Tom told Claire some other intriguing facts to accompany his confession: that Malva was his brother's child, not his own; that his wife Mona killed that brother and was hanged for it; that Malva had confessed in church to trying to kill Tom and Claire with a potion. Claire asked Tom outright who the baby's father was, and Tom didn't reply at all. Tom did see a difference between Malva and Claire, and he never believed Claire was a witch. Again, I assume we'll eventually find out what happened to Malva.

We won't have to wait to find out what happened to last season's bad guy, though. Jamie waited until Claire was asleep before making certain that Richard Brown would never make another attempt to kill her. I thought it was pretty funny that Brown tried to convince Jamie that he was too virtuous to kill Brown in cold blood. Nope.

The Roger and Bree in Edenton B-plot was almost comic relief. Completely unaware of the major drama happening to Bree's parents, Roger stumbled onto time traveler Wendigo Donner by quoting Mohammed Ali. Laugh out loud. And I particularly liked Bree teasing Roger about stealing sweeties from the post office because it was such a fun contrast to Claire in jail for murder.

After arguing with Bree about Wendigo's guilt or innocence (Wendigo did leave Claire at Lionel's mercy), Roger finally decided to just pray for him. I think that's wise, considering what happened to Roger the last time he got involved in a dispute in a war zone. It was also good for Roger to finally unburden himself for not trying to save that mother and daughter on Bonnet's ship.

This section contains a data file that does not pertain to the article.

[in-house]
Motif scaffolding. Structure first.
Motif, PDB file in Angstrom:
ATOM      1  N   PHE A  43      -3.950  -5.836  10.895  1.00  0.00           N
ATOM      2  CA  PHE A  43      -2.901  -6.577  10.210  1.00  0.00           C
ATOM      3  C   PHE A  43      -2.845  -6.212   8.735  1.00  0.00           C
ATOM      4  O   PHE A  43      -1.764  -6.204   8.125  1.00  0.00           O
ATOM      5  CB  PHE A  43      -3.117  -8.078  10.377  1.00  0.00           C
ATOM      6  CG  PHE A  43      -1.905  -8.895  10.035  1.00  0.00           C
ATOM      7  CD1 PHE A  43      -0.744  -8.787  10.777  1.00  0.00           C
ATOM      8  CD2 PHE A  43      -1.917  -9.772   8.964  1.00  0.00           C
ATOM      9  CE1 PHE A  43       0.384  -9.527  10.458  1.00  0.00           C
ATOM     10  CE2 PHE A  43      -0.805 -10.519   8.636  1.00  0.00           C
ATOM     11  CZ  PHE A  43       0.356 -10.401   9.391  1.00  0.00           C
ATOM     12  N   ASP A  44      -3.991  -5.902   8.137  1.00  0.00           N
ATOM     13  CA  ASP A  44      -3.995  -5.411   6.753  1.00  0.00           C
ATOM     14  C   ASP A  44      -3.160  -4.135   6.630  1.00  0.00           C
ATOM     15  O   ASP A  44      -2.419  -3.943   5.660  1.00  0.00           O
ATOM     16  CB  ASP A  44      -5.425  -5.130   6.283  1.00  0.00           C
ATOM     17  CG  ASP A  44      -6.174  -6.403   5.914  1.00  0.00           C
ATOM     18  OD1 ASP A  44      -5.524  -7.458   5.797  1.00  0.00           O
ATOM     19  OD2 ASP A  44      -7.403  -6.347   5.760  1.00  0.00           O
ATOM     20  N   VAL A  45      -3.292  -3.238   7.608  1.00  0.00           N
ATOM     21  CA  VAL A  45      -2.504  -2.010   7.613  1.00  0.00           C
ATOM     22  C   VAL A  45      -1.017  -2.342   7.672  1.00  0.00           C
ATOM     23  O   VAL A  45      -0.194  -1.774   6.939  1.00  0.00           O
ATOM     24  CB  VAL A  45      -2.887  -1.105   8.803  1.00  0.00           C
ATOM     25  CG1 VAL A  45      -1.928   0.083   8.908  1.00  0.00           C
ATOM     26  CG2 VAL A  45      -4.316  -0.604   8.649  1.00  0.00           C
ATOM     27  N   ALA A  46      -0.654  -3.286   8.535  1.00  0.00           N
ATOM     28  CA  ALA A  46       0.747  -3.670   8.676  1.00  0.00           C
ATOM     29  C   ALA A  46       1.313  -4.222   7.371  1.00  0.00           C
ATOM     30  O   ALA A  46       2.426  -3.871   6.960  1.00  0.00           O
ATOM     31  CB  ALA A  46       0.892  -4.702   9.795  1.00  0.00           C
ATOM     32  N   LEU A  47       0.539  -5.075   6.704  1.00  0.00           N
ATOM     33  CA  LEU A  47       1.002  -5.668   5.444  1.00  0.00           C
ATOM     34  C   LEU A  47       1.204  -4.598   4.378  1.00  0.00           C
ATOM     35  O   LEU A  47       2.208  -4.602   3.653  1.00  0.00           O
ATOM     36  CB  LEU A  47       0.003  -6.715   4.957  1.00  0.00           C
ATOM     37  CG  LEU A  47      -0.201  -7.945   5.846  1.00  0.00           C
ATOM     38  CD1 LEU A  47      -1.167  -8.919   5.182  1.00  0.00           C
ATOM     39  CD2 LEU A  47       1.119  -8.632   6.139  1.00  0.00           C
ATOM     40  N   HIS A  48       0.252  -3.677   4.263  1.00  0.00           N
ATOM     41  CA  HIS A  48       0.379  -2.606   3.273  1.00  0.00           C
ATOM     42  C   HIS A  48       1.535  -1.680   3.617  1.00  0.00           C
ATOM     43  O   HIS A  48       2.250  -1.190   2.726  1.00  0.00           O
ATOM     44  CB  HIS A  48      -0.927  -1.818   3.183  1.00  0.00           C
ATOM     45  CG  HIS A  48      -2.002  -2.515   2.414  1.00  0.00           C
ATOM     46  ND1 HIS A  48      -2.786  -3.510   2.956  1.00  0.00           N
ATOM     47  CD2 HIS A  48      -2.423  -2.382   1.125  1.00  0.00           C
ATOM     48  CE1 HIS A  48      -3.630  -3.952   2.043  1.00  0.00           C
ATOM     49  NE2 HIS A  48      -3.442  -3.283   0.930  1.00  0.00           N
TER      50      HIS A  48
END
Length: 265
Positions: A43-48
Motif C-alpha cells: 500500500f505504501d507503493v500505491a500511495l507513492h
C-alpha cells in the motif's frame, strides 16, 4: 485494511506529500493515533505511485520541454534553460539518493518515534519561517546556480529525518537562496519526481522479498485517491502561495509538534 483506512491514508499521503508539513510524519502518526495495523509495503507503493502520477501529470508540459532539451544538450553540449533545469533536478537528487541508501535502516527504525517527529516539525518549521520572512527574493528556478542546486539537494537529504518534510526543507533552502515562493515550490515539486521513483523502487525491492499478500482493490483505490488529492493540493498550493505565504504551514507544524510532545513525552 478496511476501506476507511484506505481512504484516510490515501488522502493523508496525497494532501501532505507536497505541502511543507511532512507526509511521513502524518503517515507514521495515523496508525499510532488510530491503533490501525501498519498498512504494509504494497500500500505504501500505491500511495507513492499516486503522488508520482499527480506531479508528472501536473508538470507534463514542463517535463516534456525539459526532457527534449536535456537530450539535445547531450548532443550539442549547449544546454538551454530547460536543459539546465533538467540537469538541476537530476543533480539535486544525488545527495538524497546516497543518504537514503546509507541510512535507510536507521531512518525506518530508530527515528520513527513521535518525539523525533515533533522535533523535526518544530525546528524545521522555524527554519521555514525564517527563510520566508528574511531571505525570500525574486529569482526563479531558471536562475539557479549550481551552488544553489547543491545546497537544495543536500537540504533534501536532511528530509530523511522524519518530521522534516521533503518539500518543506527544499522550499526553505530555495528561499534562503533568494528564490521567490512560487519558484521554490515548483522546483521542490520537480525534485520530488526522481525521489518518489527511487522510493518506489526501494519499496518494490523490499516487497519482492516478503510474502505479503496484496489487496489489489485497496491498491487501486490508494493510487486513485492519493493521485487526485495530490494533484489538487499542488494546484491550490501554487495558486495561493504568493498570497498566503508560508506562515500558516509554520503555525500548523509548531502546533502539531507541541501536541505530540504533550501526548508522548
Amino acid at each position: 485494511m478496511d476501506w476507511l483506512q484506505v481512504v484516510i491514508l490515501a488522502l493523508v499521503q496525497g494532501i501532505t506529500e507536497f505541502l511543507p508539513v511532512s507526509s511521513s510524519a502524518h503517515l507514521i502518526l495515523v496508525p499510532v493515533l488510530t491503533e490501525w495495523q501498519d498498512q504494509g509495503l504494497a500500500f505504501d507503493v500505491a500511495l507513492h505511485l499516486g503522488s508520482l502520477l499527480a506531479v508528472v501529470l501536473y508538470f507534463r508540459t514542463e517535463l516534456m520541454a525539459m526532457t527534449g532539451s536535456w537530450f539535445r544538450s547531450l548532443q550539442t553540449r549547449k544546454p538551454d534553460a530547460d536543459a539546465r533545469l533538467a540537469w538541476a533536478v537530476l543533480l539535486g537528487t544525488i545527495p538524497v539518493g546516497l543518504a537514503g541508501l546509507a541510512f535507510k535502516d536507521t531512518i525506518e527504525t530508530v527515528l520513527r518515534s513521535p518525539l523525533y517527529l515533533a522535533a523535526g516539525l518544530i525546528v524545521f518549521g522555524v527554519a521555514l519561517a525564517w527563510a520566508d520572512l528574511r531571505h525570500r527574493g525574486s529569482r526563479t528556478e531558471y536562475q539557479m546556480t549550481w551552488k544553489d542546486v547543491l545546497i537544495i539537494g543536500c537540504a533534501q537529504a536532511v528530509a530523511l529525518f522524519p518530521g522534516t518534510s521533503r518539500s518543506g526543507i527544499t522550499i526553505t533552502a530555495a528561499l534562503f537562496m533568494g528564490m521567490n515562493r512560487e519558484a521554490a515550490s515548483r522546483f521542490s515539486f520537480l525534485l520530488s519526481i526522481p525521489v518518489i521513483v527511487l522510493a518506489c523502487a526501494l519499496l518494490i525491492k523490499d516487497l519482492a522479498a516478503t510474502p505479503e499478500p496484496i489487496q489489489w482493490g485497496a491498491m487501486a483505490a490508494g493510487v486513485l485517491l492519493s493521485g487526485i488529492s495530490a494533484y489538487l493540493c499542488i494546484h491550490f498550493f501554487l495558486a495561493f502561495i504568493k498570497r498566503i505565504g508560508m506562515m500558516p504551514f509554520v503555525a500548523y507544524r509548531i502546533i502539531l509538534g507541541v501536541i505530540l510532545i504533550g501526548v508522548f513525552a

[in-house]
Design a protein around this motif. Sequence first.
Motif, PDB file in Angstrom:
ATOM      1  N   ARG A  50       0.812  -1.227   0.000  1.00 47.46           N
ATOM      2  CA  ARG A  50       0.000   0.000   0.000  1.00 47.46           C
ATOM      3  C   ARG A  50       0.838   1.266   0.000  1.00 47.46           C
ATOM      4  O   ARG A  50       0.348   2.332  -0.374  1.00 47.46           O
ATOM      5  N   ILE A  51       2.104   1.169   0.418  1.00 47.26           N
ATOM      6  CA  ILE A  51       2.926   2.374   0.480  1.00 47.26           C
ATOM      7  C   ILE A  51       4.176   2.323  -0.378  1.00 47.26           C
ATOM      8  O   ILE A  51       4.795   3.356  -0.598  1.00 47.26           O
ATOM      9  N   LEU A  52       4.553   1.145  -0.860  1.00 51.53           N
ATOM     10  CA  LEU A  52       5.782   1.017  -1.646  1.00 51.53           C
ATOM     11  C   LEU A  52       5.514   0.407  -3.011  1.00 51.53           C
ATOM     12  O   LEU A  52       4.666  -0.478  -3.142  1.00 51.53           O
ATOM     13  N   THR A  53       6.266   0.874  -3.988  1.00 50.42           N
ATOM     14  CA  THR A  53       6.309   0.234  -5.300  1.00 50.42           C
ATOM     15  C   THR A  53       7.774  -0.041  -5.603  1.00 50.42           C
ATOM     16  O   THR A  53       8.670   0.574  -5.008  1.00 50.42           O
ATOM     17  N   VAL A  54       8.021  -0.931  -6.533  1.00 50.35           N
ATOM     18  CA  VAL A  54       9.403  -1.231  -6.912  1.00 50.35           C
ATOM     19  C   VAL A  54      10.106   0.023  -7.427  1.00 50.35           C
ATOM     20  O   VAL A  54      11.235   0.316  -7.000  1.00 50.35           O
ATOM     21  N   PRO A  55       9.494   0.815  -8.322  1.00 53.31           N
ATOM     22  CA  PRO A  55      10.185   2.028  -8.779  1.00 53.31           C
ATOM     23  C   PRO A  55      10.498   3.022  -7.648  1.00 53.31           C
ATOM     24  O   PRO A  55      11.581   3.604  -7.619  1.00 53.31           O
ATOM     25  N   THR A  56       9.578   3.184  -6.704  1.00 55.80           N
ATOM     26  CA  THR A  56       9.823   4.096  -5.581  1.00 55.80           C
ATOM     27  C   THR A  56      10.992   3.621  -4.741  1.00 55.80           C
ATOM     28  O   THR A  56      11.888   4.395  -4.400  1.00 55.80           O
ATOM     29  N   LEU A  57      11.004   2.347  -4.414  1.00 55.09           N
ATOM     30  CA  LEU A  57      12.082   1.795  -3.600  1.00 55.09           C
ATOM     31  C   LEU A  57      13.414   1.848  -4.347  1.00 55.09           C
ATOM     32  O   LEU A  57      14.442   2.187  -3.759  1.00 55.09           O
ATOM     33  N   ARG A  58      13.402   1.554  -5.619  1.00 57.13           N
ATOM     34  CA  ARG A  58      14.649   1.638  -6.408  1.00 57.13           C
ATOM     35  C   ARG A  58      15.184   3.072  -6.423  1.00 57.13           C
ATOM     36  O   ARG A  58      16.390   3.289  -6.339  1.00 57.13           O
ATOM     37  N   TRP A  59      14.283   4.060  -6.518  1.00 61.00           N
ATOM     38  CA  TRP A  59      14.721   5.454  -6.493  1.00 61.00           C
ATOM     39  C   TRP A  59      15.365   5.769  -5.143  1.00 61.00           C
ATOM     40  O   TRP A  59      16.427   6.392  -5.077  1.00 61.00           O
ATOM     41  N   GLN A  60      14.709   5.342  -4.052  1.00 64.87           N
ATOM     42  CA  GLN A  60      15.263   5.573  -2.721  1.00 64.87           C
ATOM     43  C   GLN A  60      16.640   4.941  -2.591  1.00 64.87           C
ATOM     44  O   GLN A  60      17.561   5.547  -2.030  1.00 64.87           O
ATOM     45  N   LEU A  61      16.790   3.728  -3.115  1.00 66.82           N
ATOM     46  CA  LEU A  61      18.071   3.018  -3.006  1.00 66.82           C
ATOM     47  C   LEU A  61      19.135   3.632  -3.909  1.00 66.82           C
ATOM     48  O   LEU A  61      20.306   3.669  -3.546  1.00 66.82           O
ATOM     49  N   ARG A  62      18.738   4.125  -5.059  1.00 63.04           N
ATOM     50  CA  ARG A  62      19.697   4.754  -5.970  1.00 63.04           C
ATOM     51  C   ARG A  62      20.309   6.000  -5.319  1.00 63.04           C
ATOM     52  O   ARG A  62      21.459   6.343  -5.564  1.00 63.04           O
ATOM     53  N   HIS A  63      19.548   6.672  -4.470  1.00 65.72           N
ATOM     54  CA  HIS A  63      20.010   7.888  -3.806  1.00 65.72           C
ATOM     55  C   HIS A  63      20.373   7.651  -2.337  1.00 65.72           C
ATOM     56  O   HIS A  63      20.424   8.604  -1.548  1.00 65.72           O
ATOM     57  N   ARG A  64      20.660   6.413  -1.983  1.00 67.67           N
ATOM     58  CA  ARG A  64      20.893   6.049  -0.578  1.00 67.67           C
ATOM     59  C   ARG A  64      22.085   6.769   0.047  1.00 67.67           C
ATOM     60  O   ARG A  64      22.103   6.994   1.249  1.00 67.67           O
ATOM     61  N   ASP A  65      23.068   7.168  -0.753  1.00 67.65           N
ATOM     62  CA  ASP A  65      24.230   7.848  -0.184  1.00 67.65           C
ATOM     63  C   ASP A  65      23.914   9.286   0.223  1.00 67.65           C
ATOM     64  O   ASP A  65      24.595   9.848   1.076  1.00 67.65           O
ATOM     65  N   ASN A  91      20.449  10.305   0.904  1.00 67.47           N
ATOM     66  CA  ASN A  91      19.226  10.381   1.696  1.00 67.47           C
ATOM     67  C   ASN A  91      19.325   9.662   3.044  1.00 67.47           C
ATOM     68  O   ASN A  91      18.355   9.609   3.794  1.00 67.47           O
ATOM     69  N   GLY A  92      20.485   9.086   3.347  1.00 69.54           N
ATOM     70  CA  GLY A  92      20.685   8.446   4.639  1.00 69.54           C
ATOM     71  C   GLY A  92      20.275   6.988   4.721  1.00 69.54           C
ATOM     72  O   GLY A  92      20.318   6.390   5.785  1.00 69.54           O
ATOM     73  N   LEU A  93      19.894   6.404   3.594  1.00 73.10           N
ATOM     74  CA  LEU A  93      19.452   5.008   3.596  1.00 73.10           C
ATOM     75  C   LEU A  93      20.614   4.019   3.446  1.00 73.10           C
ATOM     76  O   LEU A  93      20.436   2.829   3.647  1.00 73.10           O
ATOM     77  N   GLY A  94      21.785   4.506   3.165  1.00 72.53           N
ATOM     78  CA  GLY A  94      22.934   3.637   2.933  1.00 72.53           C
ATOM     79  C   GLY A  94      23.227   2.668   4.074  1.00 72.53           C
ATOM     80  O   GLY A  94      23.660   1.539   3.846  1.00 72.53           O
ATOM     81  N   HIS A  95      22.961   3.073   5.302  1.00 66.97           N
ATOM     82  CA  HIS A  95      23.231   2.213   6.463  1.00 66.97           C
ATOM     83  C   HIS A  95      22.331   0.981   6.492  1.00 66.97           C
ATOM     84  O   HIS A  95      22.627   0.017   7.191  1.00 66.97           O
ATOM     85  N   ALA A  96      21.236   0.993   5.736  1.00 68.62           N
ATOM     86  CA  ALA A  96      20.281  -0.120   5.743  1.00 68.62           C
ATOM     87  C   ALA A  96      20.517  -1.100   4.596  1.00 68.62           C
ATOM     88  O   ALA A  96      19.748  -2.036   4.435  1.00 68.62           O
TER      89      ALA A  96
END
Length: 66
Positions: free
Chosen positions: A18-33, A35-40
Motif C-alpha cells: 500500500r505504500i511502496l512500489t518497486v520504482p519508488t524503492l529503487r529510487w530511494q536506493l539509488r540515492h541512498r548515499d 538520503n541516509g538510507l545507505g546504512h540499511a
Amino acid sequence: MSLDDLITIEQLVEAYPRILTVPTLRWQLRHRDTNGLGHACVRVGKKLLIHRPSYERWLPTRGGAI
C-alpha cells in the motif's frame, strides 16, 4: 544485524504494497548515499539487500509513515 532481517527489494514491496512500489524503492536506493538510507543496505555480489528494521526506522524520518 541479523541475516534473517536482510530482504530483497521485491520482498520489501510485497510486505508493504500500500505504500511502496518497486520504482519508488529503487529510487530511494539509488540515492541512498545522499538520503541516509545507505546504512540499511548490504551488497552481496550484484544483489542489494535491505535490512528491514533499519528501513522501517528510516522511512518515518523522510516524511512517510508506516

Maybe Roger will make a diplomatic and effective minister after all. Not that I ever doubted him.

Book versus series

This was pretty much what happened in the wind-up of book six, although it took a lot longer and had more plot shenanigans. Claire spent a long time as Governor Martin's amanuensis. I think Wendigo Donner showed up at River Run, not at Edenton, but he was indeed trying to find a way home.

And Richard Brown simply went back to Brownsville and was never heard from again. I'm glad Jamie put a period at the end of that particular sentence.


— This season's version of "The Skye Boat Song" was by Sinéad O'Connor. I didn't like it the first time through, but I enjoyed it the second time. And there was a different title card of the stones; that was new.

— The opening, with Claire being hanged, was a waking nightmare of Jamie's. It reminded me of the season four premiere.

— The post-credit scene was of Jamie walking through town at night to visit Richard Brown's hotel room. I think. Correct me if I'm wrong.

— Jamie told Brown that Ian and Chief Bird's warriors took care of Brown's so-called Committee of Safety. Although we didn't see it.

— Wendigo Bonner still has Flora's emerald and just wants to go home. He told Roger that he came with four other members of the Indian Nations through the stones in Okracoke, but something went wrong and they didn't arrive together.

— Governor Martin had just lost Fort Johnston. Here is the trusty Wikipedia for your Revolutionary War background.


Jamie: "Let's go get my wife."

Roger: "I'm tough. I had my wayward youth. Smoking, drinking beer..."